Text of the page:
Carriers typically argue against divulging information pertaining to the underwriting of a particular risk and/or company underwriting standards or guidelines.1 I believe the information should be provided to the insured, and so too says a Middle District of Florida trial court.2

In the Blocker case, Blocker maintained a commercial general liability (“CGL”) policy with Tower Insurance. Blocker was sued by a third party named Guzman. Blocker asked Tower Insurance to provide him with a defense in the Guzman suit pursuant to the CGL policy. Tower Insurance said “nope, sorry” and sued Blocker. Count II of Tower Insurance’s complaint argued that it did not owe Blocker a defense (or indemnity, ultimately) due to his alleged insurance application misrepresentations concerning the subject property’s crime history. Put differently, Count II argued that Tower Insurance would not have issued the policy to Blocker but for Blocker’s alleged misrepresentations and, thus, should not have to live up to its contractual obligations. Naturally, then, Blocker was interested in learning whether or not Tower Insurance was truly duped into issuing his policy due to the content of his application.

So, one of the interrogatories that Blocker sent to Tower Insurance read as follows:

Provide the name, address and phone number of the employee, officer or agent of Tower who has the most information about the commercial real property insurance underwriting guidelines that were in effect for Tower during the period from January 1, 2007, through December 31, 2009, for the area known generally as Immokalee, Collier County, Florida.

And another of Blocker’s interrogatories read as follows:

Provide in detail the power and authority, if any, that Morstan General Agency of Florida, Inc. had to do the following: a. Accept applications for commercial real property insurance policies. b. Conduct due diligence for, and otherwise investigate, commercial real property insurance applications. c. Underwrite commercial real property insurance applications. d. Bind coverage for, or issue, commercial real property insurance applications.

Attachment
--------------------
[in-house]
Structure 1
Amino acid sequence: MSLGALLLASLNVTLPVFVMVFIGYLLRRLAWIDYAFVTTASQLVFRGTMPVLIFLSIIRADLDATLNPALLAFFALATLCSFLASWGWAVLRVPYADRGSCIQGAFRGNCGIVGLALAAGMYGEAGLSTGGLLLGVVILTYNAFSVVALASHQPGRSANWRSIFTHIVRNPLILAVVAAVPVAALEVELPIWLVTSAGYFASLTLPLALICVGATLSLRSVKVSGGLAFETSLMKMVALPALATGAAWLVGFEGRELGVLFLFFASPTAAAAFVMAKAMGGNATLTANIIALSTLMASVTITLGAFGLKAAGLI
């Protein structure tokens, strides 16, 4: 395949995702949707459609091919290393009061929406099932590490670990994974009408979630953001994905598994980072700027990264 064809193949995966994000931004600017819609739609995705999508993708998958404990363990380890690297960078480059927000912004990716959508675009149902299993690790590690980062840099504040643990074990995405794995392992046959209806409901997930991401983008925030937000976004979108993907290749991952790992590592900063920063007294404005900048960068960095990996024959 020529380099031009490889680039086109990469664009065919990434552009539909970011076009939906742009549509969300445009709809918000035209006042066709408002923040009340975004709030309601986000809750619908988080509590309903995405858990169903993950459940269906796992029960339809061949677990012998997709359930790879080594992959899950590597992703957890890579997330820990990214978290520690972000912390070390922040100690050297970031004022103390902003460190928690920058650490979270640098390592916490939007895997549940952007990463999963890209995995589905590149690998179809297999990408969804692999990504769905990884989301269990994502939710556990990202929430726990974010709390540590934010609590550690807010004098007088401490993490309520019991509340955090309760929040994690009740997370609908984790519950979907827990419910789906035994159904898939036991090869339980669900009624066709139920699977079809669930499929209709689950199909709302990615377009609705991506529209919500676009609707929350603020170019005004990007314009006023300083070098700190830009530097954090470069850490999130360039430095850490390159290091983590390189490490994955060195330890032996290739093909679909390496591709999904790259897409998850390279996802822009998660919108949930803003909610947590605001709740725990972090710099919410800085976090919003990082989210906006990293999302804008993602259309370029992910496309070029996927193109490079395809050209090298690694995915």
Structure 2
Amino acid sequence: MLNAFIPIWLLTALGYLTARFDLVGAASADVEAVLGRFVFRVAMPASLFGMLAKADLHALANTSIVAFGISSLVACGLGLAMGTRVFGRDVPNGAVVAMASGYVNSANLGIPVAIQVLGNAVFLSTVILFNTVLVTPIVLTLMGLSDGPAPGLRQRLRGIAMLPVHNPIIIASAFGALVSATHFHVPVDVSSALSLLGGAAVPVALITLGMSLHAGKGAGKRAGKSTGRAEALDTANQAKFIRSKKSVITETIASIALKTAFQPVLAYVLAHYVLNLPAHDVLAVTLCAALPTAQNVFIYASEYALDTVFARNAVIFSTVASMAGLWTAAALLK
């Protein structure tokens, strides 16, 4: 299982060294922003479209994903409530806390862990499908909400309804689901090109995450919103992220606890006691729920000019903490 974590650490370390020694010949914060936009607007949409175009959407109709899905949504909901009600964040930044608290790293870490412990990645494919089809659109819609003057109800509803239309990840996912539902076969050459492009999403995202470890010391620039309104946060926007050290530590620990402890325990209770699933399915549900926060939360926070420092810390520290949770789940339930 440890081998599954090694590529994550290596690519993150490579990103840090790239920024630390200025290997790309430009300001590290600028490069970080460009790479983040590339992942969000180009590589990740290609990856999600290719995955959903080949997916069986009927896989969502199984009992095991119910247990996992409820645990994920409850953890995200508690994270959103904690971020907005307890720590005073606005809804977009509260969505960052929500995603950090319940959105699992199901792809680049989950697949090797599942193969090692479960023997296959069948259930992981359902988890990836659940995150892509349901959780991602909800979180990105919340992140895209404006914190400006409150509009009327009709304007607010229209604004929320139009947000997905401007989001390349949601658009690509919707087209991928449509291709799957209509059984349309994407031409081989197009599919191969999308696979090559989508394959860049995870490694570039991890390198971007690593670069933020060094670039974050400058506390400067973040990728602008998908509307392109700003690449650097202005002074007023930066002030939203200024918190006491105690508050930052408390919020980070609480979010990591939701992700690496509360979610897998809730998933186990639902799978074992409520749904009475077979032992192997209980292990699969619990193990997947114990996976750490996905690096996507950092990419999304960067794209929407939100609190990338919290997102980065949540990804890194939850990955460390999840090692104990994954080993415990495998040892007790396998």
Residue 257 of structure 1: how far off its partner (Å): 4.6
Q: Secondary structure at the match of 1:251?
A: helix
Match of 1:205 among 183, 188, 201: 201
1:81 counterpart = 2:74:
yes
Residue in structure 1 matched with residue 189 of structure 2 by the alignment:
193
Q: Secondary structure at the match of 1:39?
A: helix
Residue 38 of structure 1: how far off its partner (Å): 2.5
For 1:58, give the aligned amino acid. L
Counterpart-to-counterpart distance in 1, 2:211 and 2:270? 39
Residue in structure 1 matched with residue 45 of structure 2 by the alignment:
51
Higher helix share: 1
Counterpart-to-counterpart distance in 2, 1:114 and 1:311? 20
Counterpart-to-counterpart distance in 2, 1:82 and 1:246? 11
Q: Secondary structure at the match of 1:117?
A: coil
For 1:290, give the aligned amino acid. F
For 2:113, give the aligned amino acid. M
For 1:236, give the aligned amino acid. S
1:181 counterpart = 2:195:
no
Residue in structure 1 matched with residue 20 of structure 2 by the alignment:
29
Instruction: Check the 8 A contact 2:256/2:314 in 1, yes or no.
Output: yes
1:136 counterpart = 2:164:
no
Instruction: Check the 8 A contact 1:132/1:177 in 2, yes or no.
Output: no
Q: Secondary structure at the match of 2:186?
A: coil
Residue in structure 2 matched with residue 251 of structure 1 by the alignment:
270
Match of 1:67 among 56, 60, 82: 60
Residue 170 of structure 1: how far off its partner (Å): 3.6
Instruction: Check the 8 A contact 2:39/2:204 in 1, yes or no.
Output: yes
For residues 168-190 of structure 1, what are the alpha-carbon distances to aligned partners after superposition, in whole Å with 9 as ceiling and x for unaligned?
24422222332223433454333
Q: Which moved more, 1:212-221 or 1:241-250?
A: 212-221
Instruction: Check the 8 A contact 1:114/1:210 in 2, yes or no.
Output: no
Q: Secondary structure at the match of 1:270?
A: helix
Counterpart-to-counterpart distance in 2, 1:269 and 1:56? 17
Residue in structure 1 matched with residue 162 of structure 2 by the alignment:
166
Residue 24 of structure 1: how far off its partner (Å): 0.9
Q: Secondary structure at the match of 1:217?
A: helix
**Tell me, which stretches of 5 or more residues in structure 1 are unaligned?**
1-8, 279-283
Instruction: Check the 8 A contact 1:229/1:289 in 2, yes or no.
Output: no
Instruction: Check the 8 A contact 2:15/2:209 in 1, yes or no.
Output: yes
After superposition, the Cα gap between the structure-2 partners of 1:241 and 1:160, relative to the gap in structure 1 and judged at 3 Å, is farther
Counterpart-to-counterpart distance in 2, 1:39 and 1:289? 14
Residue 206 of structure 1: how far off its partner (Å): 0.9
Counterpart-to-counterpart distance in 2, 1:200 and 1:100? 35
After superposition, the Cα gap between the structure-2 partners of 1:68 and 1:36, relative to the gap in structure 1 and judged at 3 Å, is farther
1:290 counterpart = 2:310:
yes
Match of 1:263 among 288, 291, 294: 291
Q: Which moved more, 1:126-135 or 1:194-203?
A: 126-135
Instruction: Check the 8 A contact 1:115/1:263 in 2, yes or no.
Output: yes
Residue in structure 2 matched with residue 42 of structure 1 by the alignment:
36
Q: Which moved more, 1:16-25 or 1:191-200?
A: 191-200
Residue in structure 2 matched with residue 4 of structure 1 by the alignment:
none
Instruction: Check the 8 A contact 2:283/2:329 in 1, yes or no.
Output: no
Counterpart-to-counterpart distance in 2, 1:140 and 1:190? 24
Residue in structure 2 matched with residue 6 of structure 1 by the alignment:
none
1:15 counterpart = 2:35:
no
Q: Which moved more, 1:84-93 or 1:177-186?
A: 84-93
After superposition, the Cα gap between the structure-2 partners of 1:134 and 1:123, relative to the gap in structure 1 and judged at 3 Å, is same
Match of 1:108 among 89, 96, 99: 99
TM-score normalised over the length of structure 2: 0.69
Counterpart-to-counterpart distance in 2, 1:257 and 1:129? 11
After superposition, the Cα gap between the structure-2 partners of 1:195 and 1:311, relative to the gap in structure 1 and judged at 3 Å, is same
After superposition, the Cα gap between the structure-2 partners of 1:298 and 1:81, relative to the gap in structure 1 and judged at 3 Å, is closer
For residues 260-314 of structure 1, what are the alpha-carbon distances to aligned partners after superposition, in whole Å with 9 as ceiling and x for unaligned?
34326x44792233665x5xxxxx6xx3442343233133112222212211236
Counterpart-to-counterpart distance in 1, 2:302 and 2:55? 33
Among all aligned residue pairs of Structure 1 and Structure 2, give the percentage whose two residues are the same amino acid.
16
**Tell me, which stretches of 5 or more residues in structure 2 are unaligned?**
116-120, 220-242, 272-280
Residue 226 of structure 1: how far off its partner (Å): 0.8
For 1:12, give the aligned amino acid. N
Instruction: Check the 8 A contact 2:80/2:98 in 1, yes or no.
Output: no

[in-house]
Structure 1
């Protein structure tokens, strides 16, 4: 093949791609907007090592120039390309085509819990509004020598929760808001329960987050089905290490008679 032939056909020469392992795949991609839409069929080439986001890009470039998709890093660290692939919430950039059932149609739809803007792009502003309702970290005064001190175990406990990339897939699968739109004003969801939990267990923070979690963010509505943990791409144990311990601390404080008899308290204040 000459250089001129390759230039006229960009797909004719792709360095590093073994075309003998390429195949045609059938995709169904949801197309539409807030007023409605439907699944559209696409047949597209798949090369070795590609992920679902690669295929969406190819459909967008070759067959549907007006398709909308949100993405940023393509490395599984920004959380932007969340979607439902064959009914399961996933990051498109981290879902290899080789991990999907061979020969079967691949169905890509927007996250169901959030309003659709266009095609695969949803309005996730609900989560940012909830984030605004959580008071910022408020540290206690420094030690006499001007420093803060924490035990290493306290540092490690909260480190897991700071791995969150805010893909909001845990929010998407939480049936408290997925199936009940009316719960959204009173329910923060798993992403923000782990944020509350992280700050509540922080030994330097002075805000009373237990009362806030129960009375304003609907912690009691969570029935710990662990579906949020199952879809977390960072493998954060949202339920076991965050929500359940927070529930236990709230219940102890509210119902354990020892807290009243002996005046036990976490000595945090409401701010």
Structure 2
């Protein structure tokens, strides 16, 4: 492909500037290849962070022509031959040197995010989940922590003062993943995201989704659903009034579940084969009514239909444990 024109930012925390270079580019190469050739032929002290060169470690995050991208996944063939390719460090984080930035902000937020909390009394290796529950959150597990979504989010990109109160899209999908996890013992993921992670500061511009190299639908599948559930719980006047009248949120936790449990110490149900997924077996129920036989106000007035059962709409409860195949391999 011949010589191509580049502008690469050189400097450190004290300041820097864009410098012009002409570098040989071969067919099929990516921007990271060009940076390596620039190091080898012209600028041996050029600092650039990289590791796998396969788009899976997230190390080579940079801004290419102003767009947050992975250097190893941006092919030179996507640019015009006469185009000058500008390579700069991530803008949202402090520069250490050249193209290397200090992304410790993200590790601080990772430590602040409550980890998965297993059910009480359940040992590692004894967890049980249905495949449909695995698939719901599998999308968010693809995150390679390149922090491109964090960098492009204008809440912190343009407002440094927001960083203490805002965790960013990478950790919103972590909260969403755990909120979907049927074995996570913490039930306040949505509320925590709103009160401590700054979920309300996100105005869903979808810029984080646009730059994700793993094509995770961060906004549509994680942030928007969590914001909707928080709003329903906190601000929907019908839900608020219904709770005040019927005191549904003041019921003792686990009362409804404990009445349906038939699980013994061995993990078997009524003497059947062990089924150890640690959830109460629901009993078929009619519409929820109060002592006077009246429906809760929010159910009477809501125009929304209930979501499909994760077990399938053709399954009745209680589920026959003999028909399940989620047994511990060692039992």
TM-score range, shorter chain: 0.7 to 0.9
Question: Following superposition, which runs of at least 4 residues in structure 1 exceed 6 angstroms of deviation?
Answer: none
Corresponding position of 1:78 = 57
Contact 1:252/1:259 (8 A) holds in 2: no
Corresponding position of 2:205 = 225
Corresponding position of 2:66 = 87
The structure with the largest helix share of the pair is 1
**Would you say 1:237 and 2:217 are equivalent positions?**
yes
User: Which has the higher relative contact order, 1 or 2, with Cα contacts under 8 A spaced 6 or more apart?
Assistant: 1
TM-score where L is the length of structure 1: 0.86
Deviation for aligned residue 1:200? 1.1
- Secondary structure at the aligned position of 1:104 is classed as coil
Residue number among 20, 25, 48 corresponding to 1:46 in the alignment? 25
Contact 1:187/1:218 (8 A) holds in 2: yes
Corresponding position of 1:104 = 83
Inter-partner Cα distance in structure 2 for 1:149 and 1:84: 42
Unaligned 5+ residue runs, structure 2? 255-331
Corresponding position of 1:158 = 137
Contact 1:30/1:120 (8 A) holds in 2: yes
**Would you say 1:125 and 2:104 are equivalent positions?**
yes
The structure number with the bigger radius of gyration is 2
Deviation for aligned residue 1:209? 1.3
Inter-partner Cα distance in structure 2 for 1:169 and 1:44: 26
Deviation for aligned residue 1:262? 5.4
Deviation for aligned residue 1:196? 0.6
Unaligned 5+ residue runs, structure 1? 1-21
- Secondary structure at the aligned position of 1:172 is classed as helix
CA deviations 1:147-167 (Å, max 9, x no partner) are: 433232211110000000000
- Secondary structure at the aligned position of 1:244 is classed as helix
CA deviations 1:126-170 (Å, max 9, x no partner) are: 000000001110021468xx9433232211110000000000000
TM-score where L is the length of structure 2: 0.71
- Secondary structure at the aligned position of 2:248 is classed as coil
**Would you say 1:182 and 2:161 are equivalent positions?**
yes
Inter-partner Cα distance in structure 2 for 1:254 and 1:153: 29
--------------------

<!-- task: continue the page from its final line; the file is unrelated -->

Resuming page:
Tower Insurance objected to both of these interrogatories with stock insurance company objections: overbroad, irrelevant, and unlikely to lead to the discovery of admissible evidence. The carrier attempted to explain its objections, contending that this liability case did not warrant what it perceived to be property-related discovery.

Wrong, Tower Insurance … in recognizing the importance of underwriting discovery to a policyholder,3 the Middle District of Florida trial court held that such information is relevant, for example, to whether the insurance company performed its own underwriting and to what extent it relied on any alleged misrepresentation. Recall, folks, in deciding whether an insurer’s “application misrepresentation” policy rescission was appropriate, the trier of fact should assess more than the application content (or lack thereof). The trier of fact should also assess whether the application content (or lack thereof) that the carrier is hanging its policy rescission hat on was, in fact, material to and relied on by the carrier in deciding to accept the risk.

To read previous posts in my series on dynamite discovery decisions, click here.

1 Issuing an insurance policy pursuant to an insurance application is typically the function of an insurance company’s underwriting department.
2 Tower Ins. Co. of N.Y. v. Blocker, No. 2:12-cv-410, 2013 WL 1149264 (M.D. Fla. Mar. 19, 2013).
3 Especially where (as in Blocker) the insurer tries to avoid its contractual obligations by way of application misrepresentation allegations.